Fact Sheet 2009–3082
Figure 1. Screen capture of NWISWeb home page for Washington.
The U.S. Geological Survey (USGS) has been investigating the water resources of Washington State since the latter part of the 19th century. During this time, demand for water has evolved from primarily domestic and stock needs to the current complex requirements for public-water supplies, irrigation, power generation, navigation, ecological needs, and numerous other uses. Water-resource data collected by the USGS in Washington have been, or soon will be, published by the USGS Washington Water Science Center (WAWSC) in numerous data and interpretive reports. Most of these reports are available online at the WAWSC web page http://wa.water.usgs.gov/pubs/
Water Resource Data
Water-resource data collected by the USGS are stored for internal use in the USGS National Water Information System (NWIS). To disseminate these data to the public, the USGS maintains a publicly accessible version of NWIS known as NWISWeb that can be accessed at http://waterdata.usgs.gov/wa/nwis/
NWISWeb provides public access to several million items of historical and real-time water-resource data, which can be viewed and downloaded in various formats. As shown in figure 1, NWISWeb allows access to five categories of water resource data:
In addition to water-resource data collected by the USGS, NWIS and NWISWeb include data collected by many other agencies, tribal nations, and organizations. However, neither database includes all the water-resource data collected in Washington State.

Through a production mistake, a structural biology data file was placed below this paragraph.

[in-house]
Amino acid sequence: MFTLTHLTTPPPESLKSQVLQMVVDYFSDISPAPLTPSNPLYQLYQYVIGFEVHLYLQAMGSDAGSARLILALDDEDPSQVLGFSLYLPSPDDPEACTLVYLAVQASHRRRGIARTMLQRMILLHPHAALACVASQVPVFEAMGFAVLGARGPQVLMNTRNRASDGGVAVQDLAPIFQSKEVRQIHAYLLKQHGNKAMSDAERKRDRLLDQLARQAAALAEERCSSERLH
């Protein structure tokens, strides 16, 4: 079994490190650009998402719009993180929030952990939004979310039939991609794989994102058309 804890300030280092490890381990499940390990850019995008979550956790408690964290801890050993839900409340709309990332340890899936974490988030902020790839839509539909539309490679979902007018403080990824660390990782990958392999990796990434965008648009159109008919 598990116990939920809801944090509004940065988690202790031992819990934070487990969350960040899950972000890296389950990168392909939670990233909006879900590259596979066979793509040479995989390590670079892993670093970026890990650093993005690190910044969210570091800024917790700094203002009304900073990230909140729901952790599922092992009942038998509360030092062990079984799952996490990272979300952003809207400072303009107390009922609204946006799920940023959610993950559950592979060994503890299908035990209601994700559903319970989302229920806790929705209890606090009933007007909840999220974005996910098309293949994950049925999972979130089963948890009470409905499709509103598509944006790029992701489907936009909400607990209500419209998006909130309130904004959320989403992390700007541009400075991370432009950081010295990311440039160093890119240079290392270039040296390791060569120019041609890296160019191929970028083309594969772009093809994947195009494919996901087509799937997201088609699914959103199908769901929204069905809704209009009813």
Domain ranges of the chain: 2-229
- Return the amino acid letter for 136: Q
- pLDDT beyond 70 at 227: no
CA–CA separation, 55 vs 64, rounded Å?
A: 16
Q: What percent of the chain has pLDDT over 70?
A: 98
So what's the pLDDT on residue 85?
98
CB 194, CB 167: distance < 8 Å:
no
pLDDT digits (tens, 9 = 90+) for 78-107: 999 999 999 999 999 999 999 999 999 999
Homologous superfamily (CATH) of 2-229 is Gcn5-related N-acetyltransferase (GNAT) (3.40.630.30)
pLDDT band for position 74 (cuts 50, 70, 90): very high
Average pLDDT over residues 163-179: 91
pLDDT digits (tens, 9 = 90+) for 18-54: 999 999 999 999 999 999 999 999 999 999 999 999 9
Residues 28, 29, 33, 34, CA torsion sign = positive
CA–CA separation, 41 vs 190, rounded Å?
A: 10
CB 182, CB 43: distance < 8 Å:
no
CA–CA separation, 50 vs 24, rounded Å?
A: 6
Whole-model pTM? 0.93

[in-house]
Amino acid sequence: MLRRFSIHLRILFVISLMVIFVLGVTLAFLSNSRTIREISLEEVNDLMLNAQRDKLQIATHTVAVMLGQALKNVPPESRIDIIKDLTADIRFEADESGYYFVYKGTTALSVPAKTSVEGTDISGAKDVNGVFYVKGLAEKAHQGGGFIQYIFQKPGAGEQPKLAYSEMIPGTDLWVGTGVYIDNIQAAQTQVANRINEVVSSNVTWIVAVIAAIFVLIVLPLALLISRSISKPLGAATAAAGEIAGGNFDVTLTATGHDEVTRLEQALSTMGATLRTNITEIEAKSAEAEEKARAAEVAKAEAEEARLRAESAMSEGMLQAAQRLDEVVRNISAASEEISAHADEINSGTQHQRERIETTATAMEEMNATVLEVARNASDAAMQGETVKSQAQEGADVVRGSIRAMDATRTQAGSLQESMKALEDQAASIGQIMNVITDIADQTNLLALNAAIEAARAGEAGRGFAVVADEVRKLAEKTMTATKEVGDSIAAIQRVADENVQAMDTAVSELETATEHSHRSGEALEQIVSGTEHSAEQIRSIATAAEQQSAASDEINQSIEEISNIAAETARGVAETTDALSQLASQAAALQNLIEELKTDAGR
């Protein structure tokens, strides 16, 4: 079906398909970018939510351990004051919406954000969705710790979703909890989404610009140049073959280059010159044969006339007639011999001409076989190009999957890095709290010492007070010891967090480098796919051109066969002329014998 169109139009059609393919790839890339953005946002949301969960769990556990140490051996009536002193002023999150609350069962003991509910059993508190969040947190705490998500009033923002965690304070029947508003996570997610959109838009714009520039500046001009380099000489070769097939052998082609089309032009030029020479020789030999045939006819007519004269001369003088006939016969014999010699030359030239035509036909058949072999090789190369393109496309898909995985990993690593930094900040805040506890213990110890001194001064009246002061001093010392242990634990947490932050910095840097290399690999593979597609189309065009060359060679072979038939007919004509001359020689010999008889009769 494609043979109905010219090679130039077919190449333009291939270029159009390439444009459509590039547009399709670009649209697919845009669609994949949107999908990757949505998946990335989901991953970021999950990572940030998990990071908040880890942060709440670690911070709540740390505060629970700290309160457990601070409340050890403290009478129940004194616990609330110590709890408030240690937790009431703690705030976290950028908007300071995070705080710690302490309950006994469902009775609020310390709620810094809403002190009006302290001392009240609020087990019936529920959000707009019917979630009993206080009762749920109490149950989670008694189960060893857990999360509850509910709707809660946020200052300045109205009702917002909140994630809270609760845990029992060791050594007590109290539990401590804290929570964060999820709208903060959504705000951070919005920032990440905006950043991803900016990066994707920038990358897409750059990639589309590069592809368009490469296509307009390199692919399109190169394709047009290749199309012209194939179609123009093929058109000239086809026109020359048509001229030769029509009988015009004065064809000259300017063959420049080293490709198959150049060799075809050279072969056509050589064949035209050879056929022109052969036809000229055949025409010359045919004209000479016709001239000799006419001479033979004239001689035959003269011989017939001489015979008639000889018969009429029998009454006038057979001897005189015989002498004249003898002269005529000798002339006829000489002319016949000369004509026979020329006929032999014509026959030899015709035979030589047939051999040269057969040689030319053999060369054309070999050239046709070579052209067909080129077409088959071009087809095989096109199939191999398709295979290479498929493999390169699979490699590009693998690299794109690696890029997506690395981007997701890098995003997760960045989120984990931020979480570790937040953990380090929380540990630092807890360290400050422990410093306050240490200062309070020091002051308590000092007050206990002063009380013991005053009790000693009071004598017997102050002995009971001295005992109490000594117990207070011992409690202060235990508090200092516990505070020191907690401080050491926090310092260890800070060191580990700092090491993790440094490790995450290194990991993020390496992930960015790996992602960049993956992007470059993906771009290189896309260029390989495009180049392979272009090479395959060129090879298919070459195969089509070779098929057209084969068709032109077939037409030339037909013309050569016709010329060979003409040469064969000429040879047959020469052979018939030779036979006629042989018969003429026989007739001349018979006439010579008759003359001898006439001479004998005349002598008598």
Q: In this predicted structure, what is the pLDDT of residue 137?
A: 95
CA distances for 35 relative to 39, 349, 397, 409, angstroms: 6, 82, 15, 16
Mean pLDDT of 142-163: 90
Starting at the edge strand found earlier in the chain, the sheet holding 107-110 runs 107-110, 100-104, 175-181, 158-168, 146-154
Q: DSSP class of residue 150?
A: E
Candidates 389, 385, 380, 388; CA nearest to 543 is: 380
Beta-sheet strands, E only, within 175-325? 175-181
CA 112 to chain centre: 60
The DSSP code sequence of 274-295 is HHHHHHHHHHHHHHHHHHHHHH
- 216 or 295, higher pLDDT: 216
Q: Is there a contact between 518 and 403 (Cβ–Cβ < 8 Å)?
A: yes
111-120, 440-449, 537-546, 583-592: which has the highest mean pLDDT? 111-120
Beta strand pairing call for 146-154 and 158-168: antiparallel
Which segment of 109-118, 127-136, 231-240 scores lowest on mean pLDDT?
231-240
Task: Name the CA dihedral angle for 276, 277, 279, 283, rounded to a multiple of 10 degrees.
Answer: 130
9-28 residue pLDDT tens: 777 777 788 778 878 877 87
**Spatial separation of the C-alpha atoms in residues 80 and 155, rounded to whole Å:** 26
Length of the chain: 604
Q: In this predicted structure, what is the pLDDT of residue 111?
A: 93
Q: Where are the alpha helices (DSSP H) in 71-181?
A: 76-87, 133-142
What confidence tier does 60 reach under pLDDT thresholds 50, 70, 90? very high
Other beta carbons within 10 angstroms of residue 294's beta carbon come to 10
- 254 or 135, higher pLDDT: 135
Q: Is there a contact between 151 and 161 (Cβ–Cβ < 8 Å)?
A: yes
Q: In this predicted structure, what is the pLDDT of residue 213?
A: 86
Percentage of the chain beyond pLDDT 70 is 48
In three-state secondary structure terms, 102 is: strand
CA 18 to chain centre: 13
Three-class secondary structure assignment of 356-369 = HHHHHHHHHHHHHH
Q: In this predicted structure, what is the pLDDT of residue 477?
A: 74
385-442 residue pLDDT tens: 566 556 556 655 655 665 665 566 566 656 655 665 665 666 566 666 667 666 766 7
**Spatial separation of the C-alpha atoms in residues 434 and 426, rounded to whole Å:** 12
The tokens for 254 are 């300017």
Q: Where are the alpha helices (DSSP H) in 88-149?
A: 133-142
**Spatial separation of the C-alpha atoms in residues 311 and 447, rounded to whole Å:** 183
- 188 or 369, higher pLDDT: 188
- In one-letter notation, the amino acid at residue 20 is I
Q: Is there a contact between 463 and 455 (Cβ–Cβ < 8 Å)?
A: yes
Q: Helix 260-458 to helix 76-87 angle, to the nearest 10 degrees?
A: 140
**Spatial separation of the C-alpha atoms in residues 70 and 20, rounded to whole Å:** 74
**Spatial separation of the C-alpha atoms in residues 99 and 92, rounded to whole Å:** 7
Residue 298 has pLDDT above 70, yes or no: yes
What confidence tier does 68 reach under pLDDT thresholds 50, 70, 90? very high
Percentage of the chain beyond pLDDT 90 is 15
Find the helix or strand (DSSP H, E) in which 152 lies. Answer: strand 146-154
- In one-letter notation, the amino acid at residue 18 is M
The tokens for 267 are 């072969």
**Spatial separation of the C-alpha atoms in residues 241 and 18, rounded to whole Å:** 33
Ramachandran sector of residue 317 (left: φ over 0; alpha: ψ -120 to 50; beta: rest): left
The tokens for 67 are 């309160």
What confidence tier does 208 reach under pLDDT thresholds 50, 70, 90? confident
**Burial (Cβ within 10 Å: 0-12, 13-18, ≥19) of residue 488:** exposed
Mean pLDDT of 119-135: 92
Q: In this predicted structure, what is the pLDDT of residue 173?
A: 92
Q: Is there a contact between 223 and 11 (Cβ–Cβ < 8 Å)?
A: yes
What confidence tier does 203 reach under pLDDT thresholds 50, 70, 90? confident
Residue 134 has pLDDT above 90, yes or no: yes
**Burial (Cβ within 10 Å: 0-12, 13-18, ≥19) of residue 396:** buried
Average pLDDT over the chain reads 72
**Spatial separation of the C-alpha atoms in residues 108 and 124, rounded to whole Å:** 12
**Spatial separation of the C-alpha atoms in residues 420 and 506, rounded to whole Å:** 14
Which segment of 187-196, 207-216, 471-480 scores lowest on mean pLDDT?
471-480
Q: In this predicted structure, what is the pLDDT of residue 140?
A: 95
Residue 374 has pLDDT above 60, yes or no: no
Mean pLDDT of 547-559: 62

Real-time data are time-series data recorded at fixed intervals by automated equipment, are transmitted by satellite telemetry, and represent the most current hydrologic conditions. Real-time data for Washington are available at http://waterdata.usgs.gov/wa/nwis/rt and the web pages listed in the Surface water, Groundwater, and Water quality sections. The real-time web-page contains streamflow, reservoir, water-quality, meteorological, and groundwater data from about 300 sites, including about 240 sites that have satellite telemetry for real-time data and another 20 sites that use other communications methods to transmit near real-time data.
Descriptive site information for Washington is available at http://waterdata.usgs.gov/wa/nwis/si. The site-information web page contains descriptive-information for more than 91,000 data sites in Washington. About 86,000 of these sites are wells or other groundwater sites, 850 are springs or seeps, 4,600 are surface-water sites, and 530 are miscellaneous sites such as subsurface drains and soil test sites. Descriptive information for each site includes:
Surface-water data for Washington are available at http://waterdata.usgs.gov/wa/nwis/sw. The surface-water web page contains data for about 1,800 sites in Washington, including:
Groundwater data for Washington are available at http://waterdata.usgs.gov/wa/nwis/gw. The groundwater web page contains data for about 73,000 groundwater sites in Washington including:
Water-quality data for Washington are available at http://waterdata.usgs.gov/wa/nwis/qw The water-quality web page contains data for nearly 15,000 sites in Washington, including 12,000 groundwater sites, 2,700 surface-water sites, and 500 miscellaneous sites such as subsurface drains and soil-test holes. These data include: